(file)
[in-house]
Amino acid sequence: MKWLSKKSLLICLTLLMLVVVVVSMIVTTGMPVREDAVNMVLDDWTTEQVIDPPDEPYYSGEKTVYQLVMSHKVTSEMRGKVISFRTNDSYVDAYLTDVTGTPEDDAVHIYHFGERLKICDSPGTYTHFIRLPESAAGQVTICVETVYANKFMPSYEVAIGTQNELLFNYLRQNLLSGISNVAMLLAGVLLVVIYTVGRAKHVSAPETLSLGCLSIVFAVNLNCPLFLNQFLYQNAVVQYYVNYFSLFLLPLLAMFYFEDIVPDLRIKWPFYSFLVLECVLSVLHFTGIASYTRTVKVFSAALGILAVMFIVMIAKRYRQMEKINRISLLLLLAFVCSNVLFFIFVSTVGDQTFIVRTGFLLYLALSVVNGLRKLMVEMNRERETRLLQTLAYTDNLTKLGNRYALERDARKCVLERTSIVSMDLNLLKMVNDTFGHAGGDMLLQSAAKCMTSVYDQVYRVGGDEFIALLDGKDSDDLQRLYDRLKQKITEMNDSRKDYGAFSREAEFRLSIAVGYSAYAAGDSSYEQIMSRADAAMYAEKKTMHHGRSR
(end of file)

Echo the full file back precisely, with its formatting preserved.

[in-house]
Amino acid sequence: MKWLSKKSLLICLTLLMLVVVVVSMIVTTGMPVREDAVNMVLDDWTTEQVIDPPDEPYYSGEKTVYQLVMSHKVTSEMRGKVISFRTNDSYVDAYLTDVTGTPEDDAVHIYHFGERLKICDSPGTYTHFIRLPESAAGQVTICVETVYANKFMPSYEVAIGTQNELLFNYLRQNLLSGISNVAMLLAGVLLVVIYTVGRAKHVSAPETLSLGCLSIVFAVNLNCPLFLNQFLYQNAVVQYYVNYFSLFLLPLLAMFYFEDIVPDLRIKWPFYSFLVLECVLSVLHFTGIASYTRTVKVFSAALGILAVMFIVMIAKRYRQMEKINRISLLLLLAFVCSNVLFFIFVSTVGDQTFIVRTGFLLYLALSVVNGLRKLMVEMNRERETRLLQTLAYTDNLTKLGNRYALERDARKCVLERTSIVSMDLNLLKMVNDTFGHAGGDMLLQSAAKCMTSVYDQVYRVGGDEFIALLDGKDSDDLQRLYDRLKQKITEMNDSRKDYGAFSREAEFRLSIAVGYSAYAAGDSSYEQIMSRADAAMYAEKKTMHHGRSR